Irkutsk at the dog end of winter is a world drained of colour, of Soviet-era housing blocks, of grey pallid citizens scuttling to get inside housing blocks out of the cold and of the nicotine shroud hanging over the city from the surrounding industry. Thankfully, there’s always the vodka!
And if the above doesn’t do it for you, then there’s always Lake Baikal where the ice queen has well and truly cast her spell. The magical frozen lake is starting to attract pioneering tourists looking for an extreme wilderness experience.
At 360 miles long and 25 miles wide, Baikal is more a sea than a lake, with ferocious storms that can whip up 15ft waves and swallow ships whole. But in winter, the water doesn’t move and the breaking waves hang frozen in mid-air, like a painting.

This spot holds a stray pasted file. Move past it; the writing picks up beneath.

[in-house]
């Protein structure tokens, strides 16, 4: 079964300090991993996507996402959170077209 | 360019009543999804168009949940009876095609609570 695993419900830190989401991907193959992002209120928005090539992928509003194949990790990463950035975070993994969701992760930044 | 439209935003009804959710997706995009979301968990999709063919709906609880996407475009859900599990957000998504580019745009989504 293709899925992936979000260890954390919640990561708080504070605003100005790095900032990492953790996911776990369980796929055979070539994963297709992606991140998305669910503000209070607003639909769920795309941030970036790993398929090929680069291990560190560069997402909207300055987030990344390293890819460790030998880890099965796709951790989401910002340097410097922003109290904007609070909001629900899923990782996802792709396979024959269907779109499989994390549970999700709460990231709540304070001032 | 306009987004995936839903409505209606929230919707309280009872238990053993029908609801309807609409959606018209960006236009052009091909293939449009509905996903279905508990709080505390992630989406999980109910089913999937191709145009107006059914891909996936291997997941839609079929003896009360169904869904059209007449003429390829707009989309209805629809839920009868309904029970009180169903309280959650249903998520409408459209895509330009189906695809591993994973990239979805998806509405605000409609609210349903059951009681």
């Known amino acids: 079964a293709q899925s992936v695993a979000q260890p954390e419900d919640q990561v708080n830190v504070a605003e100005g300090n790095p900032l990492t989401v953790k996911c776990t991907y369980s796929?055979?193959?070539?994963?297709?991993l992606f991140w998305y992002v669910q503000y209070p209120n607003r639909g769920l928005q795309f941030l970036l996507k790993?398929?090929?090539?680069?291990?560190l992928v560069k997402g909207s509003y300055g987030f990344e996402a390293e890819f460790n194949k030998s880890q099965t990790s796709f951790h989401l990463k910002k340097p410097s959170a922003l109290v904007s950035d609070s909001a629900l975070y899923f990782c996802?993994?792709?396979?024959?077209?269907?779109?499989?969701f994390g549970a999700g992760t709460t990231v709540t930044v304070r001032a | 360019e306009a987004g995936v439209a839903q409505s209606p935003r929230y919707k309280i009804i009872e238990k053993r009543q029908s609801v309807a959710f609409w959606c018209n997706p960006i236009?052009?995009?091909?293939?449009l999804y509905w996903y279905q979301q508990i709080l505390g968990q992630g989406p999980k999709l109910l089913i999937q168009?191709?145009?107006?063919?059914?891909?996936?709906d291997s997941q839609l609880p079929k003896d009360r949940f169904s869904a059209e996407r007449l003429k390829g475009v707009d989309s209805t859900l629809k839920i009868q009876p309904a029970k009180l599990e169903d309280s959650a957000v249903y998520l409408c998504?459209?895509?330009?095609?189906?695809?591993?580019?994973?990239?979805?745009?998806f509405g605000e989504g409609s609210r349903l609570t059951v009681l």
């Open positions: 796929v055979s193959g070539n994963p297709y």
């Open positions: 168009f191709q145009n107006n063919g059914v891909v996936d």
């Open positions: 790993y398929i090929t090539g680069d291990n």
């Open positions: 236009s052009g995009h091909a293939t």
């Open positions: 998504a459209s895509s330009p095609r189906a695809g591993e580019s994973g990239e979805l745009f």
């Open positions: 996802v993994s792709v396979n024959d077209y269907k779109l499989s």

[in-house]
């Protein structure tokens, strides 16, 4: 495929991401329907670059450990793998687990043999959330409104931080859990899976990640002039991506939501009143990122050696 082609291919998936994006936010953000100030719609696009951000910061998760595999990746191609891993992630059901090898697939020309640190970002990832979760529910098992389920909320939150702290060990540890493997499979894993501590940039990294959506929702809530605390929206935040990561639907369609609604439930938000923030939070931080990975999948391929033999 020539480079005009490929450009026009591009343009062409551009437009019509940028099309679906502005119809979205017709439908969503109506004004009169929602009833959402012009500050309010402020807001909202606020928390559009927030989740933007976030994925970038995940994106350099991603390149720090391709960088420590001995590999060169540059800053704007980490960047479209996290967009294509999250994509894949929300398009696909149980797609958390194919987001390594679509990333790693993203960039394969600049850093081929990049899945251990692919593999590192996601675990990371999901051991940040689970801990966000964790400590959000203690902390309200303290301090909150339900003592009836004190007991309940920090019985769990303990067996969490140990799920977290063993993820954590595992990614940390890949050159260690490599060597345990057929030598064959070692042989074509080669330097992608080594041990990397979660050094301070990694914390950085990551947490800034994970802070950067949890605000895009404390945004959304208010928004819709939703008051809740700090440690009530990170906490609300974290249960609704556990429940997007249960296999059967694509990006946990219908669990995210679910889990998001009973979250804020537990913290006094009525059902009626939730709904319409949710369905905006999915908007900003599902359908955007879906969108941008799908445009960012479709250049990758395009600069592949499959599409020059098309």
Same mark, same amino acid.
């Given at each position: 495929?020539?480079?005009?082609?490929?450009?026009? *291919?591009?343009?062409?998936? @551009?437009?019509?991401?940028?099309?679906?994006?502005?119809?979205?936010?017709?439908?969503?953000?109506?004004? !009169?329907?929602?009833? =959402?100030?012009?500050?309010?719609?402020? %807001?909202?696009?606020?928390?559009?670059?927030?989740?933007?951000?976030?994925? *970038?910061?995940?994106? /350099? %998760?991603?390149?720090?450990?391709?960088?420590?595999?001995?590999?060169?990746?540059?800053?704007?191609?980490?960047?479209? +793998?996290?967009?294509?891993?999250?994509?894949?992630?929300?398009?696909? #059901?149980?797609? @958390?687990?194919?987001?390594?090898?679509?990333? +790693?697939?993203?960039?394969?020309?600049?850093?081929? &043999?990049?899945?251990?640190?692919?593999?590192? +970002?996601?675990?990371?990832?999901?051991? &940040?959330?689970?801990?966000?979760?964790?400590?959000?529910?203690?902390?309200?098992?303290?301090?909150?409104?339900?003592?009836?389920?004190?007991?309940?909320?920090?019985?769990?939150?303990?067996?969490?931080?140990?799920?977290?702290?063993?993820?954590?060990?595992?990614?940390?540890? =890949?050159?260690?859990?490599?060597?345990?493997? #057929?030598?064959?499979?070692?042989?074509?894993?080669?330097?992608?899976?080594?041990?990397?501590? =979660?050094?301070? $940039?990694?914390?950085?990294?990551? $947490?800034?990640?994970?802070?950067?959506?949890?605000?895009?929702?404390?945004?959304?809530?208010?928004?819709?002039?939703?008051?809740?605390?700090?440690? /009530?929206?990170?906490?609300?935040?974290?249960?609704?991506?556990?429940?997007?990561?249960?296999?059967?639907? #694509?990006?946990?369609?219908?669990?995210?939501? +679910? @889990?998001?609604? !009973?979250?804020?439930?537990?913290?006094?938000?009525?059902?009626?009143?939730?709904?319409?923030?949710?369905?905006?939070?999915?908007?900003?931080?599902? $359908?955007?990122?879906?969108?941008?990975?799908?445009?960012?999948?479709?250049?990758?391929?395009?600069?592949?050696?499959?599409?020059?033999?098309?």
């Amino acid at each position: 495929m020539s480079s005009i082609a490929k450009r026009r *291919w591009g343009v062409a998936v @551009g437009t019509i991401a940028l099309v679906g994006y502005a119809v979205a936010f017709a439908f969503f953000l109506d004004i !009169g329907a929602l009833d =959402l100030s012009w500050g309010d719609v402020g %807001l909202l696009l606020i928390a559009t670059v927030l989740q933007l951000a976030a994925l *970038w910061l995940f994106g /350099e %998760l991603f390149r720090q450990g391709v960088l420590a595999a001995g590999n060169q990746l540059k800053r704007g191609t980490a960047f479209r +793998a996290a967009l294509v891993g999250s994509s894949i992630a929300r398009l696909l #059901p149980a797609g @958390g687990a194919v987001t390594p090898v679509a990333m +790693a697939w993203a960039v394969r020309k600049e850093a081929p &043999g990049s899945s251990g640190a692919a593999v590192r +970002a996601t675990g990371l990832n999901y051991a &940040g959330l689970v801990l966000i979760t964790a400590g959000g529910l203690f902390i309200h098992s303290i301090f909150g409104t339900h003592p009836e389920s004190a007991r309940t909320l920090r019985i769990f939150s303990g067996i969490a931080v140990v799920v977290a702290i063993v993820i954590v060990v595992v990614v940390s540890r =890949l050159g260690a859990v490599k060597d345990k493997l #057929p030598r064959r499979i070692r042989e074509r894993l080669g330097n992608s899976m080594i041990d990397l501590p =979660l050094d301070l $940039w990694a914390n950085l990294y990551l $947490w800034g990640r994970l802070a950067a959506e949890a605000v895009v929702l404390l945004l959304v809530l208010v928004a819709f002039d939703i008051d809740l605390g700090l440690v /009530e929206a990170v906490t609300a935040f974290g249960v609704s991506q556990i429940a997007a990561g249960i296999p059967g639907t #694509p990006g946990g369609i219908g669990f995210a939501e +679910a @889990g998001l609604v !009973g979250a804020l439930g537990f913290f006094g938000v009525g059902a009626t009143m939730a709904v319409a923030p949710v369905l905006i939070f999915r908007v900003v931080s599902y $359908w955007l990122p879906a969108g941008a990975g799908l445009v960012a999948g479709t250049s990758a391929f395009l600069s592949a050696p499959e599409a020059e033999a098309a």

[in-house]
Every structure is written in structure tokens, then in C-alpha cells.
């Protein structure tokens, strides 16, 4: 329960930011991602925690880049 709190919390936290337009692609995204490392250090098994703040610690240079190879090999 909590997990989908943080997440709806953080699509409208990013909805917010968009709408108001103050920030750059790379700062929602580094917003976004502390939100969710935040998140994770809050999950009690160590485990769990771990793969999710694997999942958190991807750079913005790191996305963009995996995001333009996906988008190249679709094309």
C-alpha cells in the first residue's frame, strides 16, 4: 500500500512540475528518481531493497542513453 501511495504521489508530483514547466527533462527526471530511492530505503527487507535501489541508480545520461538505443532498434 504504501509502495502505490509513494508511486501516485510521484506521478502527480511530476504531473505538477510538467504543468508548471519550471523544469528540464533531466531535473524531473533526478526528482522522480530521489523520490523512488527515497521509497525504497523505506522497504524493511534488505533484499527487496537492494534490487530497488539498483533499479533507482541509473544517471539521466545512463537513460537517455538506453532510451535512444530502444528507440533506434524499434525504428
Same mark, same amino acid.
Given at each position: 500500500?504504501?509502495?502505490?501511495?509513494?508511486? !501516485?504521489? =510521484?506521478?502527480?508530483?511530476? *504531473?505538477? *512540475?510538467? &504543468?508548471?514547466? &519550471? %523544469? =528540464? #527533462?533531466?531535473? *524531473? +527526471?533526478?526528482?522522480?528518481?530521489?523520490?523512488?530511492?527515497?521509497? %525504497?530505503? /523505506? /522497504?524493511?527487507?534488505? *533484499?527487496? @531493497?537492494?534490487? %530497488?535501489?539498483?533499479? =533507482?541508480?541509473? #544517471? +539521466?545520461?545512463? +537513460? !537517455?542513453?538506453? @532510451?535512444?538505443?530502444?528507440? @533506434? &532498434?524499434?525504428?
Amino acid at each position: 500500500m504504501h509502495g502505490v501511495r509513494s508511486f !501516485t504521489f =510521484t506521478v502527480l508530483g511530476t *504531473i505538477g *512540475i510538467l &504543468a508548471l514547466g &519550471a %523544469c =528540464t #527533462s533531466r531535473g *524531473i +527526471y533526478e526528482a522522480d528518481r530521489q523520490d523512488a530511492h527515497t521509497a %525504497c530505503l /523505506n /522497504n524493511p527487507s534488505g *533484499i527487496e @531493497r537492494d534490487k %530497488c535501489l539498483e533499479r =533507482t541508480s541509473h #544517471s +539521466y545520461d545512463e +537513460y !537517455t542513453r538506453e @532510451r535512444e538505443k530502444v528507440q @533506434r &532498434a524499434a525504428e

And then you can take a sled and huskies to get across the painting – with, don’t worry, an expert Russian safety course to guide you. If you’re up for the wintry adventureland, get there with KE Adventure, keadventure.com who run a nine-night Lake Baikal in winter package including dog sledding, hovercraft trips, snow-mobiling and trekking – and thawing out at some point, we hope.